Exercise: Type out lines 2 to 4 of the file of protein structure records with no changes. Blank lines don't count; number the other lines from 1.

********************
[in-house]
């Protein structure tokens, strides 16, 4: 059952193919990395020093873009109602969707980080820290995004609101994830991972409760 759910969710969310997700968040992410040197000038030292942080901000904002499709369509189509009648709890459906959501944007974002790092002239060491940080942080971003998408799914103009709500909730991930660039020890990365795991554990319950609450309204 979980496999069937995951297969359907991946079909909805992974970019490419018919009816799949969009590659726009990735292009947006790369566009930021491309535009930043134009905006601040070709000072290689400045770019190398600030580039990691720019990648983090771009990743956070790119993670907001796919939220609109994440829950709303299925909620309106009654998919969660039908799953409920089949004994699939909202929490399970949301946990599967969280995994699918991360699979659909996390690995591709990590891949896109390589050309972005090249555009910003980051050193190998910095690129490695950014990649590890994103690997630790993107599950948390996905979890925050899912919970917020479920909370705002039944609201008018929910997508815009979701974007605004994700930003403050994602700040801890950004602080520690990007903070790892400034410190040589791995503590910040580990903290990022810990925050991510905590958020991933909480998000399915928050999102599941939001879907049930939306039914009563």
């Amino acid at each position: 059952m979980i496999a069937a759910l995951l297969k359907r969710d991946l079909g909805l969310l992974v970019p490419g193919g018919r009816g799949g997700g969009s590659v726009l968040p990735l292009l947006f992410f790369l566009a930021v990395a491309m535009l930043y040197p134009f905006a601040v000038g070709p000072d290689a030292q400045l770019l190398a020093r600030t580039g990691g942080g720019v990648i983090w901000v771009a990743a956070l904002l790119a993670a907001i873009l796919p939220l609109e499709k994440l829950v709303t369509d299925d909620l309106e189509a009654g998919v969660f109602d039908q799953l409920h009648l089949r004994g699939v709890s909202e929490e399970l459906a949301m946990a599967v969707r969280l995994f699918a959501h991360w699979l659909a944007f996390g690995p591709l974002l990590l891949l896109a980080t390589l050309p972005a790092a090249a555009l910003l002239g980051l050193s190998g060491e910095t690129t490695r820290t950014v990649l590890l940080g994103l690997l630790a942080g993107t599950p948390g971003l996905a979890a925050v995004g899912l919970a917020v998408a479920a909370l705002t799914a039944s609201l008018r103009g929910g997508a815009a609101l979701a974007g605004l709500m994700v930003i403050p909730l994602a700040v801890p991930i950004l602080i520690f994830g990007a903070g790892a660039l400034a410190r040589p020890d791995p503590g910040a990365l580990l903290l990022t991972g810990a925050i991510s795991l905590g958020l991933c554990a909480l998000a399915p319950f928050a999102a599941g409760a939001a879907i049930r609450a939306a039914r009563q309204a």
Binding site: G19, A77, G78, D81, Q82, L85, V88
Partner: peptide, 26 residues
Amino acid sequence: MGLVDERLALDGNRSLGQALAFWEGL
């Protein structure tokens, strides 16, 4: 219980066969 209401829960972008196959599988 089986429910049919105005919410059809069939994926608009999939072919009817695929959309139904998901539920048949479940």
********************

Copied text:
């Protein structure tokens, strides 16, 4: 059952193919990395020093873009109602969707980080820290995004609101994830991972409760 759910969710969310997700968040992410040197000038030292942080901000904002499709369509189509009648709890459906959501944007974002790092002239060491940080942080971003998408799914103009709500909730991930660039020890990365795991554990319950609450309204 979980496999069937995951297969359907991946079909909805992974970019490419018919009816799949969009590659726009990735292009947006790369566009930021491309535009930043134009905006601040070709000072290689400045770019190398600030580039990691720019990648983090771009990743956070790119993670907001796919939220609109994440829950709303299925909620309106009654998919969660039908799953409920089949004994699939909202929490399970949301946990599967969280995994699918991360699979659909996390690995591709990590891949896109390589050309972005090249555009910003980051050193190998910095690129490695950014990649590890994103690997630790993107599950948390996905979890925050899912919970917020479920909370705002039944609201008018929910997508815009979701974007605004994700930003403050994602700040801890950004602080520690990007903070790892400034410190040589791995503590910040580990903290990022810990925050991510905590958020991933909480998000399915928050999102599941939001879907049930939306039914009563």
């Amino acid at each position: 059952m979980i496999a069937a759910l995951l297969k359907r969710d991946l079909g909805l969310l992974v970019p490419g193919g018919r009816g799949g997700g969009s590659v726009l968040p990735l292009l947006f992410f790369l566009a930021v990395a491309m535009l930043y040197p134009f905006a601040v000038g070709p000072d290689a030292q400045l770019l190398a020093r600030t580039g990691g942080g720019v990648i983090w901000v771009a990743a956070l904002l790119a993670a907001i873009l796919p939220l609109e499709k994440l829950v709303t369509d299925d909620l309106e189509a009654g998919v969660f109602d039908q799953l409920h009648l089949r004994g699939v709890s909202e929490e399970l459906a949301m946990a599967v969707r969280l995994f699918a959501h991360w699979l659909a944007f996390g690995p591709l974002l990590l891949l896109a980080t390589l050309p972005a790092a090249a555009l910003l002239g980051l050193s190998g060491e910095t690129t490695r820290t950014v990649l590890l940080g994103l690997l630790a942080g993107t599950p948390g971003l996905a979890a925050v995004g899912l919970a917020v998408a479920a909370l705002t799914a039944s609201l008018r103009g929910g997508a815009a609101l979701a974007g605004l709500m994700v930003i403050p909730l994602a700040v801890p991930i950004l602080i520690f994830g990007a903070g790892a660039l400034a410190r040589p020890d791995p503590g910040a990365l580990l903290l990022t991972g810990a925050i991510s795991l905590g958020l991933c554990a909480l998000a399915p319950f928050a999102a599941g409760a939001a879907i049930r609450a939306a039914r009563q309204a």
Binding site: G19, A77, G78, D81, Q82, L85, V88